Meanwhile, the FDA explains that when heart valves are weakened, as Fen-Phen caused in perhaps hundreds of thousands of users, there is a “backflow of blood” which can be severe because it makes the heart work harder leading to heart disease (FDA). The additional danger in the use of Fen-Phen is that the patient seems to have no symptoms albeit a doctor can hear an “abnormal sound as the blood flows over a valve” (that abnormal sound is a “heart murmur”), and if the damage is significant enough, the only remedy is to replace the valves “surgically” (FDA).

Meanwhile, Bostock-Cox suggests that “rimonabant” was used as a diet drug but was taken off the market when it led to “psychiatric side effects such as depression” (p. 2). The only drug used contemporarily that helps people lose weight is “orlistat” and may in time “offer another tool in the armoury against obesity” (Bostock-Cos, p. 2).

Fructose — should the public worry?

According to an article in the peer-reviewed International Journal of Obesity, while some people are obese because of genetic defects or because of “leptin deficiency,” the majority of people who are obese got that way from “highly palatable foods” including those foods that are fat, and from “sweetened beverages” (Bray, 2008). In fact, the increase in obesity over the last 35 years had “paralleled the increasing use of high-fructose corn syrup (HFCS) (Bray, S127). The product is not expensive, and hence it is used in huge quantities because consumers like their beverages sweet, but the sweetness in high-fructose corn syrup “may underlie the relation of obesity to soft drink consumption” (Bray). Hence, for those individuals that would like to take some weight off, or abstain from products that put weight on, avoiding high-fructose corn syrup is a smart choice.

Conclusion

In conclusion, this paper provides recent scholarly information regarding the reasons people are obese — including why unborn children may become obese and suffer from diabetes in their adult lives — and how Type II diabetes relates to obesity. There are no safe diet drugs on the market so the way people can lose weight (even if they have diabetes) is by following carefully crafted diets (low in carbohydrates and fat and high in fruits and vegetables) and getting adequate exercise. Also, part of the reason adults and young people gain weight related to the fructose in soft drinks. The obesity pandemic is not limited to any nation or region, and the information in this paper points to the universality of people who are overweight and/or obese.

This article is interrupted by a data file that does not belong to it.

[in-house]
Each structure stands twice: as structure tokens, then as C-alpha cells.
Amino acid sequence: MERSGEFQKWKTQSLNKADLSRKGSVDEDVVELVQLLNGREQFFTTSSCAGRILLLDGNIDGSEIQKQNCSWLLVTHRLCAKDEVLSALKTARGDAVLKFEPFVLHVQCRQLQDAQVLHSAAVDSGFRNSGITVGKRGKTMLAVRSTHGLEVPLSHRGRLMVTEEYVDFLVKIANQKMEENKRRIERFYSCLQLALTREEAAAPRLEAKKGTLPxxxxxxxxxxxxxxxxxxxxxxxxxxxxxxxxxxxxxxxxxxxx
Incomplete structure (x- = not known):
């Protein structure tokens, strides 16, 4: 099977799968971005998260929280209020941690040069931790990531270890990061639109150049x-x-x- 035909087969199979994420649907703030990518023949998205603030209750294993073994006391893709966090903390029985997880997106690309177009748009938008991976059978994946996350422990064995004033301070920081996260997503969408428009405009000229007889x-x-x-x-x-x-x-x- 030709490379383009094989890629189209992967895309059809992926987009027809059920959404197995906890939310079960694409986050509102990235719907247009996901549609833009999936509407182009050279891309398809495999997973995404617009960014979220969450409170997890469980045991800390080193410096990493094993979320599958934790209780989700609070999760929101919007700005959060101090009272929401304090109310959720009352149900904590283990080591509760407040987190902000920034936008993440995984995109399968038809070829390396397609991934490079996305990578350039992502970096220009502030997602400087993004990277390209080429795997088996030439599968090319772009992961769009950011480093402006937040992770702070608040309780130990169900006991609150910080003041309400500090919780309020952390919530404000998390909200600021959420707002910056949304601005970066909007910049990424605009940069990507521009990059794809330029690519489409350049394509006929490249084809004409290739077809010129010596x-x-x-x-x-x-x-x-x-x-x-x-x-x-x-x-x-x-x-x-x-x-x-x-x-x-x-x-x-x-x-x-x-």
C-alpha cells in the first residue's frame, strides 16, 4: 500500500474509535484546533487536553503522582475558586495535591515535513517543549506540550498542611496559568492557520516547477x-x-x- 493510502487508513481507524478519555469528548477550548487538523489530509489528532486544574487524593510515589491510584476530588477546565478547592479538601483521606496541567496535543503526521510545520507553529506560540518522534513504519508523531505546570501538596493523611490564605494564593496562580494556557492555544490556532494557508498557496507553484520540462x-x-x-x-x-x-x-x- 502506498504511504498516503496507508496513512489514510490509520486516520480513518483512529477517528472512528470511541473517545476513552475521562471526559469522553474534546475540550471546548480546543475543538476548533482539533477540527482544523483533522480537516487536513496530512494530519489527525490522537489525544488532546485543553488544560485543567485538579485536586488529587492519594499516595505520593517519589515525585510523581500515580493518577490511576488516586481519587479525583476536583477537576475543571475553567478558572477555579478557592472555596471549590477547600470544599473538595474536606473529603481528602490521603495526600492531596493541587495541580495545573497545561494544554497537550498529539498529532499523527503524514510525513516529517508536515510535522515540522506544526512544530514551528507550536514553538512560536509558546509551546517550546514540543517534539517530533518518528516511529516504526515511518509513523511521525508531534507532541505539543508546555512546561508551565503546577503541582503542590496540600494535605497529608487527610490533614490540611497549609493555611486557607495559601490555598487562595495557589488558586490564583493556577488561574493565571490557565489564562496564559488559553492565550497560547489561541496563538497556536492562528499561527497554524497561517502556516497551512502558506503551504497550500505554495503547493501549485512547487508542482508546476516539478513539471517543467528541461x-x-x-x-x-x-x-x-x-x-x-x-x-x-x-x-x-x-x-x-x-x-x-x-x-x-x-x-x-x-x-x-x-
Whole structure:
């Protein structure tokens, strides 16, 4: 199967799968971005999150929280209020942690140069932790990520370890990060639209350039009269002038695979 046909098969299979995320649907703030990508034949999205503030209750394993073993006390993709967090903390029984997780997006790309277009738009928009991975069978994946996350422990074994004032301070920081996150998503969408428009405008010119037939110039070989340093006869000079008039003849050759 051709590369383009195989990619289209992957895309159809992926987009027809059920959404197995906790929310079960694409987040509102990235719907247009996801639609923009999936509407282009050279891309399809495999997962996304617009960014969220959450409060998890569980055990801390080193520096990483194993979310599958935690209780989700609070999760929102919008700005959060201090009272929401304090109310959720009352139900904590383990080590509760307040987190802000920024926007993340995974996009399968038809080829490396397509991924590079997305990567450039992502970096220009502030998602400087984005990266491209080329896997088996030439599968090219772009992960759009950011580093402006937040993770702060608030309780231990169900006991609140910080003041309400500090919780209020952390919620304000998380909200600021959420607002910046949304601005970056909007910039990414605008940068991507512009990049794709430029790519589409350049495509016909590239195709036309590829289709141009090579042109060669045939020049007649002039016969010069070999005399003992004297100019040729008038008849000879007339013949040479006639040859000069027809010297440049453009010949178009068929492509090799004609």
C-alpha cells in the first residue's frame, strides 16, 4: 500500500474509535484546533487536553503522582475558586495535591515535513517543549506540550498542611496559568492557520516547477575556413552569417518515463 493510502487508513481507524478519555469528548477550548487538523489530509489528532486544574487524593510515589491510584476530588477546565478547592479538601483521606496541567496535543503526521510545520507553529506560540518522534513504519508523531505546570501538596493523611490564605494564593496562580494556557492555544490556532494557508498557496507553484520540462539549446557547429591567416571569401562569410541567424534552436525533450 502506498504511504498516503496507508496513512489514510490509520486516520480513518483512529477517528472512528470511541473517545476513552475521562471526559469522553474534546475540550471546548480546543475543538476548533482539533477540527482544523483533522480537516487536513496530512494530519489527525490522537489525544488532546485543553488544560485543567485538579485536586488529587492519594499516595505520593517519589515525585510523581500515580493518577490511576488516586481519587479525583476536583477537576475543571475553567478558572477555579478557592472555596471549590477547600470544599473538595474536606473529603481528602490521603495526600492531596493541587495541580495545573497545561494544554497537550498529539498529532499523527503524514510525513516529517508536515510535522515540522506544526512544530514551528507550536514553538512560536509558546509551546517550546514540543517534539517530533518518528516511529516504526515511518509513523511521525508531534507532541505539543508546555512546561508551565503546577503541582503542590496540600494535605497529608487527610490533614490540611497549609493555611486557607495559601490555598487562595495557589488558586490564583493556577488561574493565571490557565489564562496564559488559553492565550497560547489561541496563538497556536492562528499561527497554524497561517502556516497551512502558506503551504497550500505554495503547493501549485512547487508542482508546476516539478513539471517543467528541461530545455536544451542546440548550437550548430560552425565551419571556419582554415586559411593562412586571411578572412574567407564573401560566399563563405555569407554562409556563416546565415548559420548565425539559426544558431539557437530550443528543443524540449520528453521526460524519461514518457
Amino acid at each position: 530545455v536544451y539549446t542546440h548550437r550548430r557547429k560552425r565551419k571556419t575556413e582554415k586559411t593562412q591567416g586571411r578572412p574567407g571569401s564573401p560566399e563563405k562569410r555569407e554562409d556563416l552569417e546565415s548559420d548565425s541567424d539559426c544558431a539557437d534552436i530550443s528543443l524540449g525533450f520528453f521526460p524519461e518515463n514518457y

Works Cited

Boseley, Sarah. “UK among worst in western Europe for level of overweight and obese people.” The Guardian. Retrieved November 17, 2014, from http://www.theguardian.com. 2014.

Bostock-Cox, Beverley. “Obesity and diabetes: a different perspective.” Practice Nurse,

44.8, 1-5, 2014.

Bray, G.A. ” Fructose: should we worry?.” International Journal of Obesity, vol. 32, S127-

S131, 2008.

Demol, S., Yackovovitch-Gavan, M., Shalitin, S., Nagelberg, N., Gillion-Keren, M., and Phillip, M. “Low-Carbohydrate (low & high-fat) versus high-carbohydrate low-fat diets in the treatment of obesity of adolescents.” Acta Paediatrica, ISSN 0803-5253. 2009.

Food & Drug Administration (FDA). “Questions and Answers about Withdrawal of Fenfluramine (Pondimin) and Dexfenfluramine (Redux).” Retrieved November 17, 2014,

from http://www.fda.gov. 1997.

Kolata, Gina. “How Fen-Phen,, A Diet ‘Miracle,’ Rose and Fell. The New York Times.

Retrieved November 17, 2014, from http://www.nytimes.com. 1997.

Pico, Catalina, and Palou, Andreu. “Perinatal programming of obesity: an introduction to the Topic. Frontiers in Physiology, volume 4. 1-2. 2013.

Stachowiak, Ewa K, Oommen, Saji, Vasu, Vihas T., Srinivasn, Malathi, Stachowaik, Michel,

Gohil, Kishorchandra, and Patel, Mulchand S. “Maternal obesity affects gene expression and Cellular development in fetal brains.” Nutritional Neuroscience, 16.3, 96-103. 2009.

Salitiel, A.R., and Olefsky, J.M. “Thiazolidinediones in the treatment of insulin resistance

and type II diabetes.” PubMed / NCBI. Retrieved November 17, 2014, from http://www.ncbi.nim.nih.gov. 1997.

Tamayo, Teresa, Claessen, Heiner, Ruckert, Ina-Maria, Maier, Werner, Schunk, Michaela,

Meisinger, Christine (and 13 more). “Treatment Pattern of Type 2 Diabetes Differs in Two

German Regions and with Patients’ Socioeconomic Position.” PLOS ONE, 9.6, 1-6. 2014.

UK Government. “Government Response to the Health Select Committee’s Report on Obesity.” Retrieved November 17, 2014, from http://www.publications.parliament.uk. 2004.